The Anglian lakes are subdivided into the North Anglian Lake Group (Ger. Nordangeliter Seengruppe) and the South Anglian Lake Group (Südangeliter Seengruppe). The River Treene (Dan. Trenen) with its main headstreams Bondenau (Dan. Bondeåen) and Kielstau (Kilså) rises in Anglia. Although rising on the Anglian Peninsula in the Baltic Sea, the Treene flows towards the North Sea, being the main tributary of the River Eider (Dan. Ejderen), the river that constituted the southern border of the Danish Realm as well as the language boundary between Danish and Low German for a very long time.

The northernmost part of Anglia is formed by the Holnis (Dan. Holnæs) Peninsula (de), that protrudes into the Flensburg Firth and separates the inner firth (Innenförde) from the outer firth (Außenförde). The transition zone from the Anglian Uplands to the Schleswig Geest is called Luusangeln (de) (Lusangel), whose appearance resembles a landscape park. The designation comes from the Anglian Danish word for "bright", lus (Standard Danish lys), and indicates the comparatively predominantly light colour of the widespread sand-rich podzols there. The Schleswig Geest in turn merges into the Schleswig tidal marshes of North Frisia.

Apart from Flensburg, which is an independent town, the Anglian Peninsula belongs to the district of Schleswig-Flensburg (Dan. Slesvig-Flensborg), Germany's northeasternmost district (seat: Schleswig (Slesvig)). This comparatively rural district has approximately 200 025 inhabitants (as of 31 December 2018).


The largest North Anglian lakes:

  • Sankelmarker See (de) - Sankelmark Sø (da)
  • Südensee (da) - Søndersø (da)
  • Winderatter See (de) - Venerød Sø (da)
  • Treßsee (de) - Træsø (da)
  • Havetofter See (de) - Havetoft Sø (da)
  • Rüder See - Ryde Sø

The largest South Anglian lakes:

  • Langsee (de) - Langsøen (da)
  • Arenholzer See (de) - Arnholt Sø (da)
  • Idstedter See - Isted Sø (da)
  • Reethsee (de) - Rørsø (da)
  • Bocksee - Buksø (da)


The chain of hills running across Anglia between Husby and Kappeln constitutes the drainage divide between Baltic and North Sea. East of it, small streams mostly called Au flow towards the Baltic. West of it, most streams flow towards the Treene and later the Eider and hence into the North Sea.

The Treene is the longest tributary of the Eider, and its two headstreams Bondenau and Kielstau rise in and flow through Anglia. The sources of the Bondenau are in Mohrkirch and in Sörup-Sörupholz. At Mittelangeln-Bondebrück, the Südensee Au (de) joins the Bondenau. The Kielstau rises in Sörup-Schwensby, passes through Winderatter See, and flows into the Bondenau at Großsolt, just before the Bondenau enters Treßsee (de). Upon leaving the lake, the river takes on the name Treene, and leaves Anglia to the west. It enters the Eider at Friedrichstadt, which in turn enters its extensive estuary called Purrenstrom (de) at Tönning, at the end of which is located the Eider Barrage Eidersperrwerk.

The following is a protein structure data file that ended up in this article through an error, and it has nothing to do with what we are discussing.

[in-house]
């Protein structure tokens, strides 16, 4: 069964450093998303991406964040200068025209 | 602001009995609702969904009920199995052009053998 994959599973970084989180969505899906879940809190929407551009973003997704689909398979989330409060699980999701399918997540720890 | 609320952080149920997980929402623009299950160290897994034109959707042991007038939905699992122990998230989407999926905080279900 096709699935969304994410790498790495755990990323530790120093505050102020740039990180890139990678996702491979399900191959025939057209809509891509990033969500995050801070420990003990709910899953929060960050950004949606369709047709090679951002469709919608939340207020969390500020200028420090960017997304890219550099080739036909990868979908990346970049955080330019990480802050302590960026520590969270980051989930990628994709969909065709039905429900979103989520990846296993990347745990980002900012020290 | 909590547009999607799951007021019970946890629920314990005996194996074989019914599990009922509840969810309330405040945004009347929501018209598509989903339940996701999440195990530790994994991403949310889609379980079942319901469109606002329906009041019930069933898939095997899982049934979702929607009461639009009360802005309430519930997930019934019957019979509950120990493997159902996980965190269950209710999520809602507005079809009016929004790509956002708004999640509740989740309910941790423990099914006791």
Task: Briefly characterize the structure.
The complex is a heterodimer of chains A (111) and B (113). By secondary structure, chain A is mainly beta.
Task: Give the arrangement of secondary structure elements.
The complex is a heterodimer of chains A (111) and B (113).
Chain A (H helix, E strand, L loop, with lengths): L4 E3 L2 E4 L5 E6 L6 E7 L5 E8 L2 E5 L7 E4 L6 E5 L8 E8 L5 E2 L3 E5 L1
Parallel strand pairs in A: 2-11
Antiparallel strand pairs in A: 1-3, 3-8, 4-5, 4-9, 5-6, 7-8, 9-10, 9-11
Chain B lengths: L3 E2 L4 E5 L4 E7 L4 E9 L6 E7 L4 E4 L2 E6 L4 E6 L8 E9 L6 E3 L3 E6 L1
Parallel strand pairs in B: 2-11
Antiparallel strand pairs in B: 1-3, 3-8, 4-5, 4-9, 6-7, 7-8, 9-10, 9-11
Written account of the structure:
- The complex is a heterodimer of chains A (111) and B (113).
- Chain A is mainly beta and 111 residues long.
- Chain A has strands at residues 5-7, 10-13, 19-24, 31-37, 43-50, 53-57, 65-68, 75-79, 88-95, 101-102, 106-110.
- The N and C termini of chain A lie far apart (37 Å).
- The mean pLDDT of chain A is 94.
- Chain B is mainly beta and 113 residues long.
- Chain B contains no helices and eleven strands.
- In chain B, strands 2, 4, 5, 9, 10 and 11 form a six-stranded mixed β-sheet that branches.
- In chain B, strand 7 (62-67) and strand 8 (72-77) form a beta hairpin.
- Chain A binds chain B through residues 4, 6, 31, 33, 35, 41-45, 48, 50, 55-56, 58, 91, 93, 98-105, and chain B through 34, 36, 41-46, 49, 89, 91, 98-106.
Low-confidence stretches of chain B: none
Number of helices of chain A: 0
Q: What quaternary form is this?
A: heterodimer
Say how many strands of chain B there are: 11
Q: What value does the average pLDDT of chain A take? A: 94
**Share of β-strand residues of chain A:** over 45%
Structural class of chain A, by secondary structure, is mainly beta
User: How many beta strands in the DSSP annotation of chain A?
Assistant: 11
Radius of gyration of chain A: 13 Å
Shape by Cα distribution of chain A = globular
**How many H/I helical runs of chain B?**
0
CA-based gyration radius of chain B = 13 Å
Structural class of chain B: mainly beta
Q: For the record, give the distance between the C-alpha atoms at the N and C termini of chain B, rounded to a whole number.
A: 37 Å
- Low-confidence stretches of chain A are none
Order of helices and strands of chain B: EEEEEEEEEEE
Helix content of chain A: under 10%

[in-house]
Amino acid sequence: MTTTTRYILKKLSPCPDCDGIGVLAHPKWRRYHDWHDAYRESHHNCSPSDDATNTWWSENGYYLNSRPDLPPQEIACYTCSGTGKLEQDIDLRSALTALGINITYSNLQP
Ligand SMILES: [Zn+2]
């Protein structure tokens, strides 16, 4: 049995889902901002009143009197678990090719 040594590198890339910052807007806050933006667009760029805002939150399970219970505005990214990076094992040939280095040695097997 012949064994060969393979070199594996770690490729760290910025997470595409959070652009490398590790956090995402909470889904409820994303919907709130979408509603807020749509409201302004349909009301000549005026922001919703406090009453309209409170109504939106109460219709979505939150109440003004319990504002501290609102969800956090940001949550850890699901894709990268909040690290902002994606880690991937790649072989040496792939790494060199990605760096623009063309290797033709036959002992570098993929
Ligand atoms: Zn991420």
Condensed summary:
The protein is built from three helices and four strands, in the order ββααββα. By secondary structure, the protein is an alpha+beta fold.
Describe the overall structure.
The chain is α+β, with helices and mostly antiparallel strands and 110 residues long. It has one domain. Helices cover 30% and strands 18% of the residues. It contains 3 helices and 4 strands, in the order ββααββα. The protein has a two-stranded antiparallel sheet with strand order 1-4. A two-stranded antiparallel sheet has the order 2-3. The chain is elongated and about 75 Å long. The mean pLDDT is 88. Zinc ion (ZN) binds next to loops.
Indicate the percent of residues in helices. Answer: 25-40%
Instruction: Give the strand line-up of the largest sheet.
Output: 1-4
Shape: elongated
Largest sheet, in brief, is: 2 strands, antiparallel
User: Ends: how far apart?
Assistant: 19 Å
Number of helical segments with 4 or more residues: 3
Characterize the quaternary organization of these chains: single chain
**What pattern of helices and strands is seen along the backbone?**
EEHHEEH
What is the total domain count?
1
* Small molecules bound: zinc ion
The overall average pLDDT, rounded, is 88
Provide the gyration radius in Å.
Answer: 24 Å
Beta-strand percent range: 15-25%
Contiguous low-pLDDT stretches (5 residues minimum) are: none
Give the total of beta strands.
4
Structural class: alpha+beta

The largest river system that flows entirely in Anglia from its sources to its mouth, is the system of the Füsinger Au. This river is called Loiter Au in its upper course, and is formed by the confluence of the Boholzer Au (which is called Wellspanger Au (de) in its upper course), and the Oxbek (de) (which is also called Mühlenau, and whose longest tributary is the Flaruper Au). The Füsinger Au flows into the Schlei at Winningmay (municipality of Schaalby), east of Schleswig.

Nature reserves[edit]

Nature reserve sign
Information board in the nature reserve "Valley of the Langballigau"

There are 10 officially designated nature reserves (Naturschutzgebiete) in Anglia:

  • Geltinger Birk (Gelting Birk) (de)
  • Halbinsel Holnis (Holnis Peninsula) (de)
  • Hechtmoor (Hechtmoor Bog) (de)
  • Höftland Bockholmwik und angrenzende Steilküsten (Höftland Bockholmwick and adjacent steep coasts) (de)
  • Obere Treenelandschaft (Upper Treene Landscape) (de)
  • Os bei Süderbrarup (Esker near Süderbrarup) (de)
  • Pugumer See und Umgebung (Pugumer See and surroundings) (de)
  • Reesholm/Schlei (de)
  • Tal der Langballigau (Valley of the Langballigau) (de)
  • Schleimündung (Mouth of the Schlei) (de)

Apart from that, there is one nature park: Naturpark Schlei (Nature Park Schlei) (de). The nature reserve Haithabu-Dannewerk (de) lies just southwest of Anglia. It stretches along the Danevirke and around the former Danish Viking Age settlement of Hedeby, which were both declared the world heritage site "Archaeological Border complex of Hedeby and the Danevirke" (de) by UNESCO.


View of the harbour of Kappeln

There are five cities in Anglia. All other settlements are just municipalities, all belonging to an Amt, which is a collection of municipalities administratively classified as between the local and the county government. The only exception is the city of Arnis, which belongs to the Amt of Kappeln-Land.

Flensburg: The largest city touching Anglian territory is Flensburg (pop. 92,550). The city is called Flensborg in Low German and Danish, Flensborre in South Jutlandic, and Flansborj or Flensborag in North Frisian. Not the whole city belongs to Anglia, but only about half of the city, namely the eastern boroughs of Engelsby, Fruerlund, Jürgensby, Mürwik, Sandberg and Tarup, excluding the city centre. The Anglian districts alone have a population of around 46,000 inhabitants, which is enough to make Flensburg the by far most populous city in the region.